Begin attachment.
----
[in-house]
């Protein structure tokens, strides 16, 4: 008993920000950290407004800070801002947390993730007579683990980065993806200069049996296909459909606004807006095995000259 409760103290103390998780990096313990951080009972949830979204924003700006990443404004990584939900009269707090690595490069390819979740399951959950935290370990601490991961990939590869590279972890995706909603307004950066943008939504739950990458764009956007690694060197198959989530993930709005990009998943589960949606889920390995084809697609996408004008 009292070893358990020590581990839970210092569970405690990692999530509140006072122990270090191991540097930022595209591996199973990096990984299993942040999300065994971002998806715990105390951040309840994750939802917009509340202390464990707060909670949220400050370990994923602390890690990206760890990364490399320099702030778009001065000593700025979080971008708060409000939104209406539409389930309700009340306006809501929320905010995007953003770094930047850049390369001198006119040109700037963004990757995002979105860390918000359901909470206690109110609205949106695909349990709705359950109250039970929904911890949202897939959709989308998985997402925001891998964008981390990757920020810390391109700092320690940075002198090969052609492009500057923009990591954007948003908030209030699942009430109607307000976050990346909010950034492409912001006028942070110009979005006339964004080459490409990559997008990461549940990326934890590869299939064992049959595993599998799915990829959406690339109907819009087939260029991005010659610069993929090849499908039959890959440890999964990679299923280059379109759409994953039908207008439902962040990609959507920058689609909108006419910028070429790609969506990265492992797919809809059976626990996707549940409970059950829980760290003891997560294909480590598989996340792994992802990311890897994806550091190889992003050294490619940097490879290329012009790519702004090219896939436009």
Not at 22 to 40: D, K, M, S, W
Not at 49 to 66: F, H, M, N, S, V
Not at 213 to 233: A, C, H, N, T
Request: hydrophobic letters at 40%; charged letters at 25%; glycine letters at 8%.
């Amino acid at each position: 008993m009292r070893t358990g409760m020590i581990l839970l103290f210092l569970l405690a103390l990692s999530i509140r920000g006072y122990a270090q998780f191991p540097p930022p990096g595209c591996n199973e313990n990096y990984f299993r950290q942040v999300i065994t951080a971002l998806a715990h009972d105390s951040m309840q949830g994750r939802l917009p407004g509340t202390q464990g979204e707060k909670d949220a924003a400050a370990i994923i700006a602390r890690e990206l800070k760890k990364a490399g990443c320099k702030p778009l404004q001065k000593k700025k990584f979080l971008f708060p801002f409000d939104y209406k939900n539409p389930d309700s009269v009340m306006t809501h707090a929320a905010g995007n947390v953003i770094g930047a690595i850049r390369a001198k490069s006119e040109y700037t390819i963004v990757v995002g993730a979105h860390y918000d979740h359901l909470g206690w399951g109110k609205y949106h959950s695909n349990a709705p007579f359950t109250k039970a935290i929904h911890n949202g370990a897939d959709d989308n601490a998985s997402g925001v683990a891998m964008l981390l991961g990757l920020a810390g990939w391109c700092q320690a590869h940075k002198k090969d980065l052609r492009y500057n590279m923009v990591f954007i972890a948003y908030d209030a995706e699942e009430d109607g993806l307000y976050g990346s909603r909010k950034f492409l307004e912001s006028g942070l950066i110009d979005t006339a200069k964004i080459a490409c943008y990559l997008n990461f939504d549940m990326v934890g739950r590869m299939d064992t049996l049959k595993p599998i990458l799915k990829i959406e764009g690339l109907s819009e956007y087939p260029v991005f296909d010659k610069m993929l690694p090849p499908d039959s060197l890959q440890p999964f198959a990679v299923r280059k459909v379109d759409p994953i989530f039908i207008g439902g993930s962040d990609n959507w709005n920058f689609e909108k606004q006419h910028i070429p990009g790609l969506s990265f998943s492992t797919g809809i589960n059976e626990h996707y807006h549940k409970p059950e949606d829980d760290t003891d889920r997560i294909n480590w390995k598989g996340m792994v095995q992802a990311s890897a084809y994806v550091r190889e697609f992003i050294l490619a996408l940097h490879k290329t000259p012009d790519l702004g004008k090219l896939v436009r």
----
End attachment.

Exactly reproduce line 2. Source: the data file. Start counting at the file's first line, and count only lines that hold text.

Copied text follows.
């Protein structure tokens, strides 16, 4: 008993920000950290407004800070801002947390993730007579683990980065993806200069049996296909459909606004807006095995000259 409760103290103390998780990096313990951080009972949830979204924003700006990443404004990584939900009269707090690595490069390819979740399951959950935290370990601490991961990939590869590279972890995706909603307004950066943008939504739950990458764009956007690694060197198959989530993930709005990009998943589960949606889920390995084809697609996408004008 009292070893358990020590581990839970210092569970405690990692999530509140006072122990270090191991540097930022595209591996199973990096990984299993942040999300065994971002998806715990105390951040309840994750939802917009509340202390464990707060909670949220400050370990994923602390890690990206760890990364490399320099702030778009001065000593700025979080971008708060409000939104209406539409389930309700009340306006809501929320905010995007953003770094930047850049390369001198006119040109700037963004990757995002979105860390918000359901909470206690109110609205949106695909349990709705359950109250039970929904911890949202897939959709989308998985997402925001891998964008981390990757920020810390391109700092320690940075002198090969052609492009500057923009990591954007948003908030209030699942009430109607307000976050990346909010950034492409912001006028942070110009979005006339964004080459490409990559997008990461549940990326934890590869299939064992049959595993599998799915990829959406690339109907819009087939260029991005010659610069993929090849499908039959890959440890999964990679299923280059379109759409994953039908207008439902962040990609959507920058689609909108006419910028070429790609969506990265492992797919809809059976626990996707549940409970059950829980760290003891997560294909480590598989996340792994992802990311890897994806550091190889992003050294490619940097490879290329012009790519702004090219896939436009």